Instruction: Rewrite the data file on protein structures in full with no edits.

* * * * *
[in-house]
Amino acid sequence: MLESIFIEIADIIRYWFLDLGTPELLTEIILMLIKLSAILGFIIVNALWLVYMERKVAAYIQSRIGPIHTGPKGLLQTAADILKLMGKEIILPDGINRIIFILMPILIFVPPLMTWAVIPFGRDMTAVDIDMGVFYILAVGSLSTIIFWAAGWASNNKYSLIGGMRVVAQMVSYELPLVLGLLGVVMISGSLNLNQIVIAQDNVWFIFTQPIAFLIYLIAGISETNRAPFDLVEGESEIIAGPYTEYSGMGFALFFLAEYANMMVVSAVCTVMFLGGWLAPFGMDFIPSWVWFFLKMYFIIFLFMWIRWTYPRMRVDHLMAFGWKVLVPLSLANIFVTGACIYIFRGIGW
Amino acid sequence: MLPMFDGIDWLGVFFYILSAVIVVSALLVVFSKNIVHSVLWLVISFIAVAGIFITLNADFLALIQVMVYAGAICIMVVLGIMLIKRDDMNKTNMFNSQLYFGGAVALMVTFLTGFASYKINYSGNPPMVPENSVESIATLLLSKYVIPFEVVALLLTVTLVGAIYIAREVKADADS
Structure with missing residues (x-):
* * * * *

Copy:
[in-house]
Amino acid sequence: MLESIFIEIADIIRYWFLDLGTPELLTEIILMLIKLSAILGFIIVNALWLVYMERKVAAYIQSRIGPIHTGPKGLLQTAADILKLMGKEIILPDGINRIIFILMPILIFVPPLMTWAVIPFGRDMTAVDIDMGVFYILAVGSLSTIIFWAAGWASNNKYSLIGGMRVVAQMVSYELPLVLGLLGVVMISGSLNLNQIVIAQDNVWFIFTQPIAFLIYLIAGISETNRAPFDLVEGESEIIAGPYTEYSGMGFALFFLAEYANMMVVSAVCTVMFLGGWLAPFGMDFIPSWVWFFLKMYFIIFLFMWIRWTYPRMRVDHLMAFGWKVLVPLSLANIFVTGACIYIFRGIGW
Amino acid sequence: MLPMFDGIDWLGVFFYILSAVIVVSALLVVFSKNIVHSVLWLVISFIAVAGIFITLNADFLALIQVMVYAGAICIMVVLGIMLIKRDDMNKTNMFNSQLYFGGAVALMVTFLTGFASYKINYSGNPPMVPENSVESIATLLLSKYVIPFEVVALLLTVTLVGAIYIAREVKADADS
Structure with missing residues (x-):